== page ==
When it comes to recruiting, it can be easy to overstate the sway a school has over its local territory.
But if you make an exception, it should be for Arkansas.
Since 2004, the Natural State has churned out 10 players that ranked in the top 50 of 247Sports’ composite index, impressive when you consider that the state’s population is 32nd nationally. Over the last two decades, four of those prospects. A pair — Archie Goodwin and Malik Monk — jumped the border for Kentucky. But until Kel’el Ware committed to Oregon in 2022, eight years had elapsed since the Razorbacks suffered a perimeter breach.
And unless you’ve spent any time in the state — I called Little Rock home for two years — it’s hard to understate the omnipresent sway at play.
This makes five-star prospect Annor Boateng’s pledge to Missouri on Friday all the more noteworthy.
Usually, my views on a player stop at evaluating their skill set and teasing out how that might fit what Mizzou’s trying to do. A pledge from Boateng, though, might test that scruple. The optics — and schadenfreude — are tantalizing.
There’s a reason why a blueblood and a program with Phil Knight as a benefactor have been the only ones to pull off similar wins.
By and large, the operation in Fayetteville is humming, fresh of a third straight foray into the second weekend of the NCAA tournament. Meanwhile, five players have heard their names called in the NBA draft since coach Eric Musselman arrived, including two in the lottery. And early prognostications have tabbed Arkansas as a top-15 outfit heading into next season.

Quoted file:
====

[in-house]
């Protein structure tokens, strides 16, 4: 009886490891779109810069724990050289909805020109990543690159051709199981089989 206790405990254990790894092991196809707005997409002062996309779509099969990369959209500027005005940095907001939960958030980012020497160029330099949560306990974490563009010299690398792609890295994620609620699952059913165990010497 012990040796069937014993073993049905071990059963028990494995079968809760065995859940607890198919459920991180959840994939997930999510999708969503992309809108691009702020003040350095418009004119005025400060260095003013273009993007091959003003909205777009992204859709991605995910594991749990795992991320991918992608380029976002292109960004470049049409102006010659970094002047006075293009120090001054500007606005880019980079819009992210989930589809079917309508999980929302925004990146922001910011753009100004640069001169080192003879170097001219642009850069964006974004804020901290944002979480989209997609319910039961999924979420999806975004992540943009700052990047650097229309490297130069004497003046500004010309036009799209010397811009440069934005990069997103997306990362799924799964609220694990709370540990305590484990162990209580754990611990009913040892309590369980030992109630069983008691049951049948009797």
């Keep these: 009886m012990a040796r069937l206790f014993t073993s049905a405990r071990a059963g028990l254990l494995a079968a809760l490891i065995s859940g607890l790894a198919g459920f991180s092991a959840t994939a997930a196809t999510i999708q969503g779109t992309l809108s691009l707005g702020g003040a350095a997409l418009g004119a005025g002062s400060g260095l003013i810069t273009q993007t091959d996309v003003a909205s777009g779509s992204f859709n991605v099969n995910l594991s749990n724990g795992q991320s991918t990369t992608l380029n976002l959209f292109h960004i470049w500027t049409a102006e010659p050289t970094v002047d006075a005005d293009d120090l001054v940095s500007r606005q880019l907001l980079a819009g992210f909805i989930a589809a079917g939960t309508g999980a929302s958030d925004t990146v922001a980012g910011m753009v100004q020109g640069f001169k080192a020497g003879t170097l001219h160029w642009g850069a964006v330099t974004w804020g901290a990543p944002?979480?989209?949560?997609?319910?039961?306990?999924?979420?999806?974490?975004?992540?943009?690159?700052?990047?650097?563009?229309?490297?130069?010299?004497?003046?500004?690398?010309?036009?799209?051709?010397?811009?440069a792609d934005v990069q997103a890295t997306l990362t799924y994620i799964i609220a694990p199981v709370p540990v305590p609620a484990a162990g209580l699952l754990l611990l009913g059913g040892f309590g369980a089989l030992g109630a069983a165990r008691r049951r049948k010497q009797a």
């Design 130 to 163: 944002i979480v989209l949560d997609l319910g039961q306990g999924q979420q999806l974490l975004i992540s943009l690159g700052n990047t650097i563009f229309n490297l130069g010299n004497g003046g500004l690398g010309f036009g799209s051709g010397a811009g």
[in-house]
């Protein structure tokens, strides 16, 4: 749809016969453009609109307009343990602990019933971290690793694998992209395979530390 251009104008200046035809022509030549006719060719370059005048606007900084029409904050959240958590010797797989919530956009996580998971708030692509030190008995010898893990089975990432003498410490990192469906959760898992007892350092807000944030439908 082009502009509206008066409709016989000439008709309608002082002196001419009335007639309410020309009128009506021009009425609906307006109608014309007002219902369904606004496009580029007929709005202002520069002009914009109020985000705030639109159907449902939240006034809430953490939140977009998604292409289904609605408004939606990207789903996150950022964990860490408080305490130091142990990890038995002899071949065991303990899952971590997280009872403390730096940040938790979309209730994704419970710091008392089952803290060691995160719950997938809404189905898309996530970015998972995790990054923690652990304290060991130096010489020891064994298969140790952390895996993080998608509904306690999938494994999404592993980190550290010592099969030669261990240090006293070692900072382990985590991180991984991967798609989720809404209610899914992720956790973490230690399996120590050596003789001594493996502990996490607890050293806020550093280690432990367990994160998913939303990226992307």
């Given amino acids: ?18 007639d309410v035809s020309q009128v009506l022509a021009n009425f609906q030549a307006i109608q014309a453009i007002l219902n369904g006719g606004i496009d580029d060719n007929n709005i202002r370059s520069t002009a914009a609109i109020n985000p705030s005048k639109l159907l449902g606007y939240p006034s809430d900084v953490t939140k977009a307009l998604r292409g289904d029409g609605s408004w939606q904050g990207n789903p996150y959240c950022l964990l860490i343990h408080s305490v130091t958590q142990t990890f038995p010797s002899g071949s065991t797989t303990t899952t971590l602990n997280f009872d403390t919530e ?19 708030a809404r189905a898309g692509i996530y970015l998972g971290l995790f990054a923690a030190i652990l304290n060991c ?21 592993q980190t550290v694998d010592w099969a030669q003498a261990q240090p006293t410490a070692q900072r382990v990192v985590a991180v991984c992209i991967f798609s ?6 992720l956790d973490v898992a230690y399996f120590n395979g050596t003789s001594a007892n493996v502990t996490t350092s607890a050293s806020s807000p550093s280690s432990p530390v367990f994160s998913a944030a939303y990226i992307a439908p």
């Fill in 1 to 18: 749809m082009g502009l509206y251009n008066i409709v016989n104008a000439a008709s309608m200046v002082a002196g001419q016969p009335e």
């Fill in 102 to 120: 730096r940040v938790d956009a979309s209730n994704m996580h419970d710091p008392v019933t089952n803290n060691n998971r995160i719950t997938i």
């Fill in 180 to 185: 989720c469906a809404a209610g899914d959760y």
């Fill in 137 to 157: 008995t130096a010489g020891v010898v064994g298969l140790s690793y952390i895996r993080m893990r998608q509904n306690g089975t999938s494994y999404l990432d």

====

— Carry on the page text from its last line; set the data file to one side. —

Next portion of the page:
Off the floor, Arkansas’ athletic department has been ahead of the curve in NIL. Meanwhile, its affluent boosters can chip into a consortium founded by the family behind J.B. Hunt trucking. Scoff at Muss’ antics all you want, but the situation in Fayetteville is objectively enticing.
Yet, the reaction to the south is interesting. Long before Boateng’s decision, a line emerged that Muss prioritized other prospects like Jalen Shelly and Isaiah Elohim ahead of the Little Rock Central product. That may be entirely accurate.
Yet it’s also true the Hogs rarely pass on local wares, blitzing Moses Moody, Nick Smith Jr., and Layden Blocker to stay home. And while Boateng’s jumper needs to become a bit more reliable and his handle a tad tighter, his game has many elements Muss values in a guard that can win one-on-one battles on the wing.
I don’t have a line into the Arkansas staff, but it would seem curious that it entirely punted on Boateng and benevolently allowed MU to snag his services.
Fending off a surge from Indiana shouldn’t be ignored, either. No, the Hoosiers haven’t been a colossus for a while. (IU sits at 24th in KenPom’s program rankings, which stretch back to 1997.) Yet the administration in Bloomington doesn’t spare expenses in resourcing the program, and fan interest never ebbs. That spending allowed coach Mike Woodson, an IU alum and former NBA coach, to build a staff that boasts connections to fertile territories in the DMV, Charlotte, Atlanta, and at prep power Montverde Academy.
This was a cycle where Woodson aimed to throw that weight around. The Hoosiers prioritized a trio of top-35 talents in big man Derik Queen (No. 12), swingman Liam McNeely (No. 15), and lead guard Boogie Land (No. 33). In April, the Hoosiers locked on to Boateng and rapidly escalated their pursuit, perhaps at the expense of other perimeter targets like Rakease Passmore (No. 44) and Austin Swartz (No. 50).